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GET READY: New Congress Will Look Into ‘Reparations’ for ‘Descendants of Slaves’

Here we go…

John Salvatore

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The Democrat-controlled House of Representatives has already made clear they intend to go after guns.

They’re also likely to legalize a lot of “undocumented” immigrants.

What could make things worse?

Trending: CONFIRMED: Reporters From Big Name Liberal Outlets Found to Have Working Ties With Antifa

How about paying “reparations” to “descendants of slaves” to “repair” some of the racial “damage” in America?

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Because throwing money at a problem has always worked in the past, huh?

As Democrats are poised to take over the majority in the House of Representatives, one item on the agenda will be to “study” the need for reparations for descendants of slaves.

Texas Congresswoman Sheila Jackson Lee plans to reintroduce a bill that would create a committee to look at financial compensation for blacks.

Jackson Lee: “It’s a commission to study the issue of what was the economic impact of the work of slaves and how does it translate in the 21st Century. And what we want to do is to build a narrative, a story of the facts and out of that be able to access how we repair some of the damage.

When you look at urban blight, when you look at schools in inner cities and rural communities that are not at the level of excellence that they should be, when you look at support for [historically black colleges and universities], all of that will be part of understanding that whole journey and that whole economic journey.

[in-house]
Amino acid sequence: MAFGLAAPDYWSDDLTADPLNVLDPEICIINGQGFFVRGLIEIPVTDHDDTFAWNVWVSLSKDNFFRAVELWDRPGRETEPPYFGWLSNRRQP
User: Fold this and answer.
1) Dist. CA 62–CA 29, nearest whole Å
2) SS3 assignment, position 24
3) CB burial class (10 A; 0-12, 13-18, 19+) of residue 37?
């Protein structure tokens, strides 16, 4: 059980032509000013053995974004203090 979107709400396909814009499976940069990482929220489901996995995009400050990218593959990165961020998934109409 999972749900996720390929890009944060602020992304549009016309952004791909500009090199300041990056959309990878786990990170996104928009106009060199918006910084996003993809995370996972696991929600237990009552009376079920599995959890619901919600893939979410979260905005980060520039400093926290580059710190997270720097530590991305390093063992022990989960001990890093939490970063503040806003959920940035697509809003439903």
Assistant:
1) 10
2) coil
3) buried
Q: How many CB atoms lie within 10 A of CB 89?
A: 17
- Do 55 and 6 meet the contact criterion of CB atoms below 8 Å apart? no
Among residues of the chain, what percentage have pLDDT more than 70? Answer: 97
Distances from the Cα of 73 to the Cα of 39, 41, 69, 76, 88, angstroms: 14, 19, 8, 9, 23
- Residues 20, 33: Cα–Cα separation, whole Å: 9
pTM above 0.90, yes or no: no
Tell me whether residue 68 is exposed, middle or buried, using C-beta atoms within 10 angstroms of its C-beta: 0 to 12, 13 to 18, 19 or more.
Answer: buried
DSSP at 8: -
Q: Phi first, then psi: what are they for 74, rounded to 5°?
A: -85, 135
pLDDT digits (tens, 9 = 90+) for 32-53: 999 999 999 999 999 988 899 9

And it is interesting that these magnificent buildings were built by slaves, obviously with no compensation. That is not what we are asking for; this bill is to have a commission to hear from people all over the nation.

LISTEN:

You might remember Jackson Lee as the Congresswoman who was bumped to first class because she didn’t want to sit in coach, then blamed the ordeal on racism.

From Fox News:

A United passenger whose first-class seat on a recent flight from Houston to D.C. was given to Rep. Sheila Jackson Lee is firing back at the Democratic congresswoman’s accusations of racism – while challenging the airline’s account of the incident.

Jean-Marie Simon, an attorney and private school teacher, became the latest face of airline passenger woes when she detailed on Facebook and later to the news media how she lost her seat to the Texas lawmaker.

But despite a statement from United seeking to explain the switch-out, she’s not giving up the fight. And the congresswoman’s response – essentially claiming Simon made a scene because Jackson Lee, as an African-American woman, is an “easy target” – did not calm the waters.

Simon’s words from a Facebook post:

I am not given to publishing epistles on Facebook, and especially at Christmas, but now I have my very own United Airlines story to share:

Not feeling sufficiently cowed by the media debacle following its forcible and well-documented removal of a ticketed passenger from a Kentucky bound flight in April, the friendly skies of United continues to treat passengers badly, and to lie. This time, it involved United flight #788 from Houston to Reagan National on December 18, 2017. And a U.S. Congressperson whom I’ll call “X.” And me.

On December 3, 2017, I bought a round trip, first class ticket to Guatemala. I selected four first class seats at time of purchase. United provided an email confirmation. Everything was fine until I returned to Houston yesterday.